Red shoes, seaside views and pulling on the night club floor! That’s hotbed!

Whilst the massed ranks of Essex fled for a weekend of Latitude indulgence, I headed in the opposite direction.  The hottest weekend of the year and I’m to be found hanging around a dark studio theatre, which probably says more about me than I’d care to admit.  It’s Cambridge based Menagerie’s Hotbed 2013, a festival of new writing which for a few days has landed at Colchester Mercury (on route to London’s Soho Theatre).


The extent of the enterprise is impressive.  Over the course of four days nine new works, several ‘guest’ shows and a sprinkling of works in progress are all delivered by a company of seven actors, four directors and one designer (Nicky Bunch who, is also currently designing Eastern Angles’ Dark Earth).   And I only got to see a fraction of it!

Jane-Upton-Swimming-e1365608782766My Hotbed journey started with a double dose of Jane Upton, a writer I’d not come across before (which is exactly the point of festivals).  The evening kicked off with Finding Nana, a tale of joy, sadness, rites of passage, dementia and powdered milk.  Crammed full of images and ideas that, though intensely personal, are universal enough to resonate deeply.  Finding Nana has real potential: an honest, touching one person show.

Upton’s tight, lyrical writing (but this time with a much harsher edge) was also on show in Swimming.  After five minutes, thanks to a public school girl character who I struggled to believe or warm to, I thought I’d hate it.  But the play creeps up on you, like the tide which forms such a central part of the story, and ultimately leaves you washed out and speechless.

“People say the sea makes you feel small. Not me. Give me a straw and I’d drink it all up.”

In Tony Casement’s taut and driving production, the play captures both the emptiness and futility for some of seasonal, seaside living as well as the despair at the heart of the central character, Jack.   It’s the journey the audience goes on in grasping the complexity of Jack (played by Jack Bence) which lies at the heart of the piece, as you slowly begin to understand a character who at first appears straight forwardly unpleasant. If you get the chance, catch the show as it briefly pops up at Soho.

If Swimming inhabited the territory of those fumbling, awkward moments before a relationship emerges Why Can’t We Live Together traced a relationships fall, through ‘intensely imagined moments of choice’.  It’s reminiscent of Pinter’s Betrayal (though played in chronological order) and I was also reminded, in its focus on particular moments of Roger McGough’s bittersweet love poem ‘Summer with Monika’.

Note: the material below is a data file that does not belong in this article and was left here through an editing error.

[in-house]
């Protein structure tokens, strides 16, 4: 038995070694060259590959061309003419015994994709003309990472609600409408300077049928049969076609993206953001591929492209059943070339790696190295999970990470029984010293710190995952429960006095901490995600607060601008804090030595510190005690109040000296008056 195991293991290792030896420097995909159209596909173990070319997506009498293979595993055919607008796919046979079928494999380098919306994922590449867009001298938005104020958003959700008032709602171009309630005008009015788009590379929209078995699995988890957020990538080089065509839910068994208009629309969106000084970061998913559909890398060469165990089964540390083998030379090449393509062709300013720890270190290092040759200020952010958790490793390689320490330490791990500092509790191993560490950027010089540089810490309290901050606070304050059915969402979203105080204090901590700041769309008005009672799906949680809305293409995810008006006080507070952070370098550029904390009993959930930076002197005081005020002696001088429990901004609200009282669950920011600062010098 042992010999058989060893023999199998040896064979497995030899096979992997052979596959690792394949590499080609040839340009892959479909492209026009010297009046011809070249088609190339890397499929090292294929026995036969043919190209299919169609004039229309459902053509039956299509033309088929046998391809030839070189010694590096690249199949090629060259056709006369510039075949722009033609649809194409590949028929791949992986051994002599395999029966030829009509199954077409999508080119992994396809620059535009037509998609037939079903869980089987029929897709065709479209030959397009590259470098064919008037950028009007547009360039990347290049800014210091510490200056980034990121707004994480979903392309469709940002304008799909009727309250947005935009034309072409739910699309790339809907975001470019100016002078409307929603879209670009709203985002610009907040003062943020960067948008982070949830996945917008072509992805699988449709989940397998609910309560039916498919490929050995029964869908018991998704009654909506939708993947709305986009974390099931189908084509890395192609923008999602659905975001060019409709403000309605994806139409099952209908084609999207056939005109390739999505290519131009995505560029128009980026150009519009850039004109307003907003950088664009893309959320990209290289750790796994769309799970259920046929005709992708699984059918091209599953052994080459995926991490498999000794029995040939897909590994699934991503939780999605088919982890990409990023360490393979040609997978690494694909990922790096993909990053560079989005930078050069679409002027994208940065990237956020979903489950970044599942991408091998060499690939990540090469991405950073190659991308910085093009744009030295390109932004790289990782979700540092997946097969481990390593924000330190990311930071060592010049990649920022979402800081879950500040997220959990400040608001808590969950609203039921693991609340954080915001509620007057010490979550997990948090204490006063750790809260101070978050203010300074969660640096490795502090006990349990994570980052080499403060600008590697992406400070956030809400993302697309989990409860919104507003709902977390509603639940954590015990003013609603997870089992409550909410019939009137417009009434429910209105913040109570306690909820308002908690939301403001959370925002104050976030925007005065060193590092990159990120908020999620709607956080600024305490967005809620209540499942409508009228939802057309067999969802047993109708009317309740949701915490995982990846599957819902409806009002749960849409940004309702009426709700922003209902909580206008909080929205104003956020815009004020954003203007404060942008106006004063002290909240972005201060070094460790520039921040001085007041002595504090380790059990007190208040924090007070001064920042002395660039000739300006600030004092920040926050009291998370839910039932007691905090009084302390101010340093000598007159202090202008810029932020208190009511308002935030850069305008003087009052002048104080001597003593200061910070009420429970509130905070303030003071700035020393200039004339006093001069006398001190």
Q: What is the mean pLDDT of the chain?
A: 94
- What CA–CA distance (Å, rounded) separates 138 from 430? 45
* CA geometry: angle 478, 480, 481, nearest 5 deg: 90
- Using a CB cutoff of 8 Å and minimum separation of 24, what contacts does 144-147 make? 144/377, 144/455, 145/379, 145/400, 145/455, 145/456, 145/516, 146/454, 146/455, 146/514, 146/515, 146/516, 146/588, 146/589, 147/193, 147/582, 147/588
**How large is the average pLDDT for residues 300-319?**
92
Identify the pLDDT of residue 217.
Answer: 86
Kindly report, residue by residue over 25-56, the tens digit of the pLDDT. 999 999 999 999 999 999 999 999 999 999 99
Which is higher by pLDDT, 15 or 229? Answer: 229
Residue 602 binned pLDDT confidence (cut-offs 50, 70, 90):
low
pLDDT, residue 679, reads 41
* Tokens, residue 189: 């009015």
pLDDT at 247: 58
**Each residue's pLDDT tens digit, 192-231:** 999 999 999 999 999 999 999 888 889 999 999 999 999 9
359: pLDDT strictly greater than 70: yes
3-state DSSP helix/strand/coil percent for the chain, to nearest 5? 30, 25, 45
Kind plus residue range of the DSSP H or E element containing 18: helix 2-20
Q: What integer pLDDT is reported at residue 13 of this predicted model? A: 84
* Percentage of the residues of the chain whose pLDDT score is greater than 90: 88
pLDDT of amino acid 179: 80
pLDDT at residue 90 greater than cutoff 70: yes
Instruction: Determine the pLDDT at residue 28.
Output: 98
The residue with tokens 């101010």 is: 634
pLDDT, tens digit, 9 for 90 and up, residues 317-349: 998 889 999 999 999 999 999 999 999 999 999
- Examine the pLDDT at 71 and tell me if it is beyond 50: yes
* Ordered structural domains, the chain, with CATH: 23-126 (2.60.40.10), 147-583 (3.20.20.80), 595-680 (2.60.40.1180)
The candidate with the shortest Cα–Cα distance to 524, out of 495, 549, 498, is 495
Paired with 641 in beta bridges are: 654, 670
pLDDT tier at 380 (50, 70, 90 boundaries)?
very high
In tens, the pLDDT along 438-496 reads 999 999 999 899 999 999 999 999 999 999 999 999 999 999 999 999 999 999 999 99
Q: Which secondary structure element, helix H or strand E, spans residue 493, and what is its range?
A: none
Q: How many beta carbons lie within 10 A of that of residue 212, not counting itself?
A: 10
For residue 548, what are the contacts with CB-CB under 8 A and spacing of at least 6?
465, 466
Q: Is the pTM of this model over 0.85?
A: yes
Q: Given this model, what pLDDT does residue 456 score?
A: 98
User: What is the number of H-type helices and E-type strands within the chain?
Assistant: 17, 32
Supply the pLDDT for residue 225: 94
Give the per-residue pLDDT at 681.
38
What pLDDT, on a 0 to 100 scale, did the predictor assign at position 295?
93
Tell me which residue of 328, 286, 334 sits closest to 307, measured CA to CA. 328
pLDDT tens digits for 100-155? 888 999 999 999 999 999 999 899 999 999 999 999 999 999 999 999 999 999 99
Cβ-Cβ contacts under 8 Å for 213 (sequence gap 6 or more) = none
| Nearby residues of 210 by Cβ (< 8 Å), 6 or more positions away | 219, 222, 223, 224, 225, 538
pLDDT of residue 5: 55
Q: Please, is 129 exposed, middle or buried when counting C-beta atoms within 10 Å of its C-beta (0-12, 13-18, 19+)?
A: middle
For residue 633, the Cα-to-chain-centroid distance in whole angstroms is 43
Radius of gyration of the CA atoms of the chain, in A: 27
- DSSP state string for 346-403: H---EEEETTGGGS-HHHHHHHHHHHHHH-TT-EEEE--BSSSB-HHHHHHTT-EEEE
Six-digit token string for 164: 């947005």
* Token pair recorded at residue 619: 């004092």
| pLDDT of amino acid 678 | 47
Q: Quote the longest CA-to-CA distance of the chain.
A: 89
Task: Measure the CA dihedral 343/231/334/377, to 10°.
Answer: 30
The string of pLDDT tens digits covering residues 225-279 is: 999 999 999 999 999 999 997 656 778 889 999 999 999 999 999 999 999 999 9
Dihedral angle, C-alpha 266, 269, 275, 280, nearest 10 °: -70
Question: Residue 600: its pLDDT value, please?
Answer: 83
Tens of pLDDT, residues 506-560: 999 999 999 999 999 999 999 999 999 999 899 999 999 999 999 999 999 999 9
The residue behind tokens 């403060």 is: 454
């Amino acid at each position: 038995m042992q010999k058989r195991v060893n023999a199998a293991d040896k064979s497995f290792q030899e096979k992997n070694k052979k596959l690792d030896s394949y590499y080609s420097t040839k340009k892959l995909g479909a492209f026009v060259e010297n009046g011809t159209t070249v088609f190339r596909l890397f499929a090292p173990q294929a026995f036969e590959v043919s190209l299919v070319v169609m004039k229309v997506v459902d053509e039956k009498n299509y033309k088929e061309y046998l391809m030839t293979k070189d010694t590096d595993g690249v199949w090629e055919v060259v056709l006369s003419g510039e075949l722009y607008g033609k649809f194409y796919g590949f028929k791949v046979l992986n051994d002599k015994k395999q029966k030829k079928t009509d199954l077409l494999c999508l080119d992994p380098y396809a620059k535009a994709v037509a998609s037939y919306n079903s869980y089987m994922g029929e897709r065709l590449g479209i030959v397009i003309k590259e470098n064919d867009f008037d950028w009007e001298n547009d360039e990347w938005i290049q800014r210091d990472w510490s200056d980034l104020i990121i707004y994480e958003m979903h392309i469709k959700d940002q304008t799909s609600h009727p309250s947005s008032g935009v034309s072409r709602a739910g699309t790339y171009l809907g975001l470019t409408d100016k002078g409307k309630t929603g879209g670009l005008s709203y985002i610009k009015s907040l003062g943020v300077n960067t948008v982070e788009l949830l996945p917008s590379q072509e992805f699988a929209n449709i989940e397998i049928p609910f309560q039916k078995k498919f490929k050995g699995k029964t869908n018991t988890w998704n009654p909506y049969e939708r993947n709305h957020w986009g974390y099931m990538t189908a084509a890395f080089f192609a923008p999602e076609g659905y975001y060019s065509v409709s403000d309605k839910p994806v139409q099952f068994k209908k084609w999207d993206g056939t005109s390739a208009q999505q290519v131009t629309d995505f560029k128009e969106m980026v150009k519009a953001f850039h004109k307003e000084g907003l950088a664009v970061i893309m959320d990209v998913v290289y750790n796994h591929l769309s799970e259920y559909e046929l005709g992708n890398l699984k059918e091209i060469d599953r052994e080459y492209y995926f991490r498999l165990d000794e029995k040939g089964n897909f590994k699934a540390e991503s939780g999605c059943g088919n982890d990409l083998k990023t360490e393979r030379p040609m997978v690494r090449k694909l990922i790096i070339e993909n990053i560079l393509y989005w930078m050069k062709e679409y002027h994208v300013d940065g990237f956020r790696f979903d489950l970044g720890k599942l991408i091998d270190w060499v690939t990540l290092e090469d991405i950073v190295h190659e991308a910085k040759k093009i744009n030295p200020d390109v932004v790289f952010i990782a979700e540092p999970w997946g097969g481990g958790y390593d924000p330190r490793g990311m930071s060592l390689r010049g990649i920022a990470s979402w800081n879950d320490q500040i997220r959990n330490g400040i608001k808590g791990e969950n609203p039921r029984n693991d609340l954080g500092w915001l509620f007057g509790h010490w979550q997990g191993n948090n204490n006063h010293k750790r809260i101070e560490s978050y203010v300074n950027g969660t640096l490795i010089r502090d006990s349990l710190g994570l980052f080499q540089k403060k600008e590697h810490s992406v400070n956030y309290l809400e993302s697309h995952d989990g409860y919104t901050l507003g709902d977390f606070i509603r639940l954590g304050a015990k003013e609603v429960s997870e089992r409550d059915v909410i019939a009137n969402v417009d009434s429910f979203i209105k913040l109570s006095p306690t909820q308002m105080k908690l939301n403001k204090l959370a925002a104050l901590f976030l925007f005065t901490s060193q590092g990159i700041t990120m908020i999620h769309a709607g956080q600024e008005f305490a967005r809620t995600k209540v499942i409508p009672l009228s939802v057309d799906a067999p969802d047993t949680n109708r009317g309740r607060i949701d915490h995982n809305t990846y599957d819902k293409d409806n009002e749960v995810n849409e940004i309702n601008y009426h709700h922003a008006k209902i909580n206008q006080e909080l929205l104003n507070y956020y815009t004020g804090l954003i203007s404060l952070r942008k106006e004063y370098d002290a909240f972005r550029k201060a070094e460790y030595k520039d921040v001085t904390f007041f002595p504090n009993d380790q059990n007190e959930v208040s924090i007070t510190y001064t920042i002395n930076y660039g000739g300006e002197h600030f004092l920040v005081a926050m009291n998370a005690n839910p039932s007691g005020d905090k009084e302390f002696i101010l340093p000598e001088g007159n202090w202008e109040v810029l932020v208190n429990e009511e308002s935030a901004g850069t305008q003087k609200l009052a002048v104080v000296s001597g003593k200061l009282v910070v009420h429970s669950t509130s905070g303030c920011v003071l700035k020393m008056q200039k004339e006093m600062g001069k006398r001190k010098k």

“the endless students scuffing it up and then off they go with their lives”

steve wTwo Cambridge graduates return to the city of their studies at the start of the new millennium. Starting with a proposal, we end post split, travelling via a purchase, a prayer and several playtimes (which get increasingly less and less playful). As each clearly punctuated moment passes, another light in the relationship seems to go out. It’s often not so much the words – but the time inbetween where we see the disintegration. Jasmine Hyde is outstanding as the betrayed wife, her sideways looks communicating as much as Steve Waters’ sharply observed text.

In Paul Bourne’s production the staging echoes the writing.  Two separate boxes (his and hers) contain their life time belongings lovingly placed around the edges of the playing area.  Laptops, leaflets, estate agent particulars, items of clothing are all deliberately placed and then brought into the space as prompts for ‘moments’. By the end those same belongings are strewn across the stage as the pair struggle to make sense of what has gone before, order replaced by chaos as world events explode around them.  Most striking are the red high heeled shoes – clutched in proposal, violently kicked away in the despair and anger of separation.

Those very same shoes would appear again the following morning as a prop for an open rehearsal of Nicola Weronowska’s Hidden (Nicola wrote Peapickers for Eastern Angles).  Hidden explores one woman’s struggle to understand how to live with dyspraxia and takes us once again back to the start of the relationship.  Not this time in a seaside café, but to the mucky floor of a night club.  As the central character, Jess, scrambles around on the floor for her missing shoe she comes face to face with a man floored by having one too many.

‘If you think that actors and directors are paid to muck around then you are about to find out…it’s true’ . Tony Casement

Werenowska In the context of the rehearsal we didn’t hear much of the text, but what we did hear and see was a fascinating internal debate running through the rehearsal room.  Is this a straight two hander – or is there a third character? – Jess ‘B’ a physical manifestation of both what Jess would like to be and at the same time a teasingly dreadful reminder of what she isn’t?  It was genuinely fascinating to see the cast of three (two actors and a dancer) together with the writer and director grapple with the question.

After it was all done and dusted, I couldn’t help but reflect that those several thousand angry Latituders (stuck for seven hours at Colchester station thanks to one man’s actions on Friday) could have done an awful lot worse than hopping off and heading down to Hotbed.  A challenging, inspiring and ultimately refreshing weekend of new writing – topped off with cheese and beer.  What’s not to like!

For details of Hotbed at Soho Theatre see here.

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